When it comes to reducing CO2 emissions, the UK automotive industry has a track record of which it can be justifiably proud. According to the Society of Motor Manufacturers and Traders’ (SMMT) annual Sustainability Report, ongoing investment, increased efficiency and continual refinement of manufacturing processes has made it the most efficient in Europe – outperforming the EU average for energy consumption, CO2 emissions and water consumption.
Over the past two decades average emissions per vehicle coming off the production line in the UK have reduced by 31%, energy used by 43% and water use by 15%. Even more impressive, waste going into landfill resulting from the manufacturing process has reduced by 95.4%.
Meanwhile, out on the highways and byways, there’s still a battle to be won. Alongside the target on vehicle engine emissions, the Government is now turning its attention to the pollution caused by tyre wear and brake dust.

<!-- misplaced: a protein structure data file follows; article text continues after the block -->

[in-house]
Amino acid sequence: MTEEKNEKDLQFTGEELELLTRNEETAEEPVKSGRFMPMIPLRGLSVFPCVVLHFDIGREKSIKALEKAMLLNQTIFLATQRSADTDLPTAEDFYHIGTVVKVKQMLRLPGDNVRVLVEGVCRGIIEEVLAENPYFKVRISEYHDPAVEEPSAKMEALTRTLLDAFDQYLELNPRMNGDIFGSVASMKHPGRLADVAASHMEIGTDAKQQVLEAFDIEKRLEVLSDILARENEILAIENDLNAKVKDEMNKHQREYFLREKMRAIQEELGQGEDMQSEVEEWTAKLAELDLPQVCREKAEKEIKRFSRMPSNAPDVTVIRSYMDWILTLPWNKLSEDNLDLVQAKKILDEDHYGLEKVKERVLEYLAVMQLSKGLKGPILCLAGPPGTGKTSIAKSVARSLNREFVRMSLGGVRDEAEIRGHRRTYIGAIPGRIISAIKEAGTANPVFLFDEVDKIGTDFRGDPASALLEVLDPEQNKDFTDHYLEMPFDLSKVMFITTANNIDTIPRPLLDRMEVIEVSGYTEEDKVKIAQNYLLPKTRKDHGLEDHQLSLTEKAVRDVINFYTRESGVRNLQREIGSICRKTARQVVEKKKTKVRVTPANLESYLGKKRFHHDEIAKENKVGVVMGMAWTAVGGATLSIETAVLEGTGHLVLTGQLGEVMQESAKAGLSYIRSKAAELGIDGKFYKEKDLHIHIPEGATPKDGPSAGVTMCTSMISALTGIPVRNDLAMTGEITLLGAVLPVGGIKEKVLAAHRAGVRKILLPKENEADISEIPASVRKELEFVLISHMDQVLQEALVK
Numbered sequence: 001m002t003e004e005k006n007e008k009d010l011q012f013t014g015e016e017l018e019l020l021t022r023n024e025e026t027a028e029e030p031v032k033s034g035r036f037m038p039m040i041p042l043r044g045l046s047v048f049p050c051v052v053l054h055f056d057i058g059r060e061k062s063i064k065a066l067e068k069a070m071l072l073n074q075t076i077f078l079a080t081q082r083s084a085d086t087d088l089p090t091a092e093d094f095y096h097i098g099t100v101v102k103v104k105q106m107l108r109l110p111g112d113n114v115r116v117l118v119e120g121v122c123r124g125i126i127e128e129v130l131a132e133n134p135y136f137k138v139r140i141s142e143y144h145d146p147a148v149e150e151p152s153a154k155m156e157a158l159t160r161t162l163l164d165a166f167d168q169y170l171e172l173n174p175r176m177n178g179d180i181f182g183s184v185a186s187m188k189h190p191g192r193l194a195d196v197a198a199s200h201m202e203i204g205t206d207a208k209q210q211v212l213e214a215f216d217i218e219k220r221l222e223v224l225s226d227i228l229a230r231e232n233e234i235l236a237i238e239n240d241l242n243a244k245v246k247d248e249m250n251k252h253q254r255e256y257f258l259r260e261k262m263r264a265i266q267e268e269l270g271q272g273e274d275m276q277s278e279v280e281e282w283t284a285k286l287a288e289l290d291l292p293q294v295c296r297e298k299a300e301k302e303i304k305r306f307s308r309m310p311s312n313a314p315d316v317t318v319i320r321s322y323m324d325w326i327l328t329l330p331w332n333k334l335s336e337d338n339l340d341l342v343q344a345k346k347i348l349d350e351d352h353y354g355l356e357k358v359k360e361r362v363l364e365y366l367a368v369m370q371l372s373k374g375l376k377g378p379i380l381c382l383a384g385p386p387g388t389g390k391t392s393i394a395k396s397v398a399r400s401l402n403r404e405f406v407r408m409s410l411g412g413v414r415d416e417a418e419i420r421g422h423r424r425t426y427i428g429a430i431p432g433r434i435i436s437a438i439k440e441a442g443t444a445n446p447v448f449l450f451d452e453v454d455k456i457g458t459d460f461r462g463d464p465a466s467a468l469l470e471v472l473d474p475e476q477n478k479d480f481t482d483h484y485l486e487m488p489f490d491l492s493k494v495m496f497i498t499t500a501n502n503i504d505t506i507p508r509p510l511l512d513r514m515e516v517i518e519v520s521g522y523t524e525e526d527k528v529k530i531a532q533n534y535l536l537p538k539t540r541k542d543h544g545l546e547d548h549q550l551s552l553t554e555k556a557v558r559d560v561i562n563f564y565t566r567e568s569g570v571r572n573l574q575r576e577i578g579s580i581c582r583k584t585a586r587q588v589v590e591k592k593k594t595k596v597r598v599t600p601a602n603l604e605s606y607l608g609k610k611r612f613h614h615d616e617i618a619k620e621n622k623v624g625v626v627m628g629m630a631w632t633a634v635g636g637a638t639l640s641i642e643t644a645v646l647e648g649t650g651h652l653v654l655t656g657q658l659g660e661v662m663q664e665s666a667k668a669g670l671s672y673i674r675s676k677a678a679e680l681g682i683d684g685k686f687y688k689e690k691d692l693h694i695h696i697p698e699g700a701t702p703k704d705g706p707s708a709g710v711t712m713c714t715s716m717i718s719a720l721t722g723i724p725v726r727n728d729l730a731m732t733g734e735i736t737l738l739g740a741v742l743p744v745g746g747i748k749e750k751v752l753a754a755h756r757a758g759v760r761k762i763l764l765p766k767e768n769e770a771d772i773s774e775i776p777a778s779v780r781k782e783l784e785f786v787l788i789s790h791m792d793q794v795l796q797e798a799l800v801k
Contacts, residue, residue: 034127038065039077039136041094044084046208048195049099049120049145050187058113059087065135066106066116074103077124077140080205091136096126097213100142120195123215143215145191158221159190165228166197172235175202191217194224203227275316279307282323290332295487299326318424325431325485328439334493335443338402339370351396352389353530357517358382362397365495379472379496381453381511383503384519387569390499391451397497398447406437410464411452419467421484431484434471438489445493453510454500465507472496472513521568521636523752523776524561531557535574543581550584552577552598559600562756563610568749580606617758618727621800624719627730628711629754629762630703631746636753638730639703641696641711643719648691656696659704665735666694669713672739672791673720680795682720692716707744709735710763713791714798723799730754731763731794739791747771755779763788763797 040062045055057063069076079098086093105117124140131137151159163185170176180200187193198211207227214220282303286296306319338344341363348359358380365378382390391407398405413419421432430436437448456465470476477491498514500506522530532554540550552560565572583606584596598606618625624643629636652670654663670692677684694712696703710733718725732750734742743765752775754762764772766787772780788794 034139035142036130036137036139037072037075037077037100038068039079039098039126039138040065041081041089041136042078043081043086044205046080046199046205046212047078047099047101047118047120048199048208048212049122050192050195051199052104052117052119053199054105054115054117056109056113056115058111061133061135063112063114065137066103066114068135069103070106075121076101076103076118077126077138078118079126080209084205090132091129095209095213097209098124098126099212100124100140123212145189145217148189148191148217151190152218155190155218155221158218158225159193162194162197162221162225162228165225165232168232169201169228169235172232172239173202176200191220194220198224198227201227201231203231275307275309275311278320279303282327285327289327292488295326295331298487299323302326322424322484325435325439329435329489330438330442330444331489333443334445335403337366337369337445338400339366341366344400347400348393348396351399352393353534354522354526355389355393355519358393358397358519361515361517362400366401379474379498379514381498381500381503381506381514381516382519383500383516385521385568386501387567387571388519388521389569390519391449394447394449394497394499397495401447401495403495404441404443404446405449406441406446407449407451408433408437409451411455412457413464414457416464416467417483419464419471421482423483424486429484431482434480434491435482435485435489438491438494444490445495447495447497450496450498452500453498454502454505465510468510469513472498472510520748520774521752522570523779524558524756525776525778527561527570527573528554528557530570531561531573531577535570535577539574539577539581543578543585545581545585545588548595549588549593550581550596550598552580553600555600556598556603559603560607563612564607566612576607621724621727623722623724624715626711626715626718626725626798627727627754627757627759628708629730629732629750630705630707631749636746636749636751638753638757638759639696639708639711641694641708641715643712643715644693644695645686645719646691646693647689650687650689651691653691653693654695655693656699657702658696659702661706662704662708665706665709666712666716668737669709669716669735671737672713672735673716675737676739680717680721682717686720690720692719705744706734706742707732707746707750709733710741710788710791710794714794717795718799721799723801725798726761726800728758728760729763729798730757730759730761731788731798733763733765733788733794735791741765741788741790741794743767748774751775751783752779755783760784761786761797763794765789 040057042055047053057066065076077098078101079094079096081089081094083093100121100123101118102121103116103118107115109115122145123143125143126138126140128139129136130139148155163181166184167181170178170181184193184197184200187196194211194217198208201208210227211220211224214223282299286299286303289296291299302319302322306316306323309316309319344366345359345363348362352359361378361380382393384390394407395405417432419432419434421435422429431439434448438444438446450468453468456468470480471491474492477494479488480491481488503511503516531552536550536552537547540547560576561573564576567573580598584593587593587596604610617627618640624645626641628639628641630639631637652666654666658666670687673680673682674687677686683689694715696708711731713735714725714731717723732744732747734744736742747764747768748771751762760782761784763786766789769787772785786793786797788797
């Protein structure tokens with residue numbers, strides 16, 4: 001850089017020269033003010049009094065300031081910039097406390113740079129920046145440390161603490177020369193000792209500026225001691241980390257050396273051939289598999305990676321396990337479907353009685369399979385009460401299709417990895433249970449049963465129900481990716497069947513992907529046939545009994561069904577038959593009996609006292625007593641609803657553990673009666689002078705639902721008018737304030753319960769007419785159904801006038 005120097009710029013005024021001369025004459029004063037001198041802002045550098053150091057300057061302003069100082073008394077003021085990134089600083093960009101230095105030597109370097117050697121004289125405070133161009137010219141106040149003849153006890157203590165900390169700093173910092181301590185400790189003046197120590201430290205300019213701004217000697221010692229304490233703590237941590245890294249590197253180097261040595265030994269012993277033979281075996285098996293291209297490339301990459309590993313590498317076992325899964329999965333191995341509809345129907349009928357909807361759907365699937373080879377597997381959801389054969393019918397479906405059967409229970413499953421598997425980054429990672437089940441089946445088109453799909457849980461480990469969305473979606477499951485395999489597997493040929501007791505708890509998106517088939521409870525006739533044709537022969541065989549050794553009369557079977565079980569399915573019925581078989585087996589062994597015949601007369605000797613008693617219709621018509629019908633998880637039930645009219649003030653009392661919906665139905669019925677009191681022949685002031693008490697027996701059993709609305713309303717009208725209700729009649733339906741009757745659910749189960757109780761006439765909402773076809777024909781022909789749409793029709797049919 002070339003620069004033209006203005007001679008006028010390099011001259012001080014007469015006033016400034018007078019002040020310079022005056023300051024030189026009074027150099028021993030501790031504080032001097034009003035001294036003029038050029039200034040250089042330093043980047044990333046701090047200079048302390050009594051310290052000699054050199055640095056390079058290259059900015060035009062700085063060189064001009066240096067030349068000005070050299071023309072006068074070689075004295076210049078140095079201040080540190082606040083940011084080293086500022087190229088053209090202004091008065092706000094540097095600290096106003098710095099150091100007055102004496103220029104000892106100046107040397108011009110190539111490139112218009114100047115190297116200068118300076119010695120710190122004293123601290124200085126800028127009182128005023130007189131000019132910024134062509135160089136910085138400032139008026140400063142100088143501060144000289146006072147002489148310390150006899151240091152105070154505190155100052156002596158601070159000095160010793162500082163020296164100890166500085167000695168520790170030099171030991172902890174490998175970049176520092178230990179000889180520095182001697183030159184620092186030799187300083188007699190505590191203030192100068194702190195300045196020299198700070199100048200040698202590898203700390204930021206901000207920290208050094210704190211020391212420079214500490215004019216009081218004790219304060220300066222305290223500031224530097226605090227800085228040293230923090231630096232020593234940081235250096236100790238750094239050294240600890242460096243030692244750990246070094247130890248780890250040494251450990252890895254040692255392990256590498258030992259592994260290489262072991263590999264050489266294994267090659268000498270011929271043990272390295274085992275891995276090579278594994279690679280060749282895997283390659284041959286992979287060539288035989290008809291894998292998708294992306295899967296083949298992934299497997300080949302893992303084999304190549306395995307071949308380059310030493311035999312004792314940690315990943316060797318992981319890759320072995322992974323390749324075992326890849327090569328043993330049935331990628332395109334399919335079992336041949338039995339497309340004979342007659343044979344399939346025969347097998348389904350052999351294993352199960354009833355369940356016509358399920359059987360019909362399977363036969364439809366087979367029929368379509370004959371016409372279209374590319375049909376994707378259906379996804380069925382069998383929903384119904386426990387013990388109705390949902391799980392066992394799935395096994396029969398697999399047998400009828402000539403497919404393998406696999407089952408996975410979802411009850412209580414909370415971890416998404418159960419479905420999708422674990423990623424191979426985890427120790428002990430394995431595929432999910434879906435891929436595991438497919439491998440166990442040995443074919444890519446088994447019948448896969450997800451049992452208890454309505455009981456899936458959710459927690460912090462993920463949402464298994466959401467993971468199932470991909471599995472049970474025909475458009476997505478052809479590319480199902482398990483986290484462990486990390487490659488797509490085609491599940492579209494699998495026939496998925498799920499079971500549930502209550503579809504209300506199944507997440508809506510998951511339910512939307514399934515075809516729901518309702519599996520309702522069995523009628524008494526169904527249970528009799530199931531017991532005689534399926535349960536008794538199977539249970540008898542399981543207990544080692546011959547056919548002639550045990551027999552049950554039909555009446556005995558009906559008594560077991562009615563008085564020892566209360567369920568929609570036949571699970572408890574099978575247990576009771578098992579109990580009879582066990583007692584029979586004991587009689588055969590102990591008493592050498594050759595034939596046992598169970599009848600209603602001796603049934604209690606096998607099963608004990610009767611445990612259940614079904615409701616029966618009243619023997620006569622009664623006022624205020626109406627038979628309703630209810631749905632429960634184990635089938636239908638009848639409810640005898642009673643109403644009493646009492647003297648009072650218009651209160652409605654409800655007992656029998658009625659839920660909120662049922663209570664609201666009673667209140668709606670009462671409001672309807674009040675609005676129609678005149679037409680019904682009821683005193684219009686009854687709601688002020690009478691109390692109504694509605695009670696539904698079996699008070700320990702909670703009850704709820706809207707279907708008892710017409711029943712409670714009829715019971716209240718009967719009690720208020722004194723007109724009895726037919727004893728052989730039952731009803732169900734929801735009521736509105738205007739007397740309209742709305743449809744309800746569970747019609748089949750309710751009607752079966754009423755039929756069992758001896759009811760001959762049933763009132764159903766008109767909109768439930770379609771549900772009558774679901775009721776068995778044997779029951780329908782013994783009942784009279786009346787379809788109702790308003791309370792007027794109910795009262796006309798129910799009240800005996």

The micro plastics used in tyre manufacture – known as PM2.5S – can cause respiratory disease. The particles are so tiny (about 5% the width of a human hair) they by-pass the nose and throat, penetrating deep into the lungs. It’s reckoned that over the next decade, as electric vehicles take over from petrol fuelled vehicles, PM2.5s will be responsible for 90% of harmful traffic emissions.
Which is where a new Clean Air Strategy from the Department of Health, Public Health England and the Department for Environment, Food and Rural Affairs (Defra) comes in. It sets out Government intentions to “research and develop new standards for tyres and brakes to enable us to address toxic non-exhaust emissions of micro plastics from vehicles which can pollute air and water.”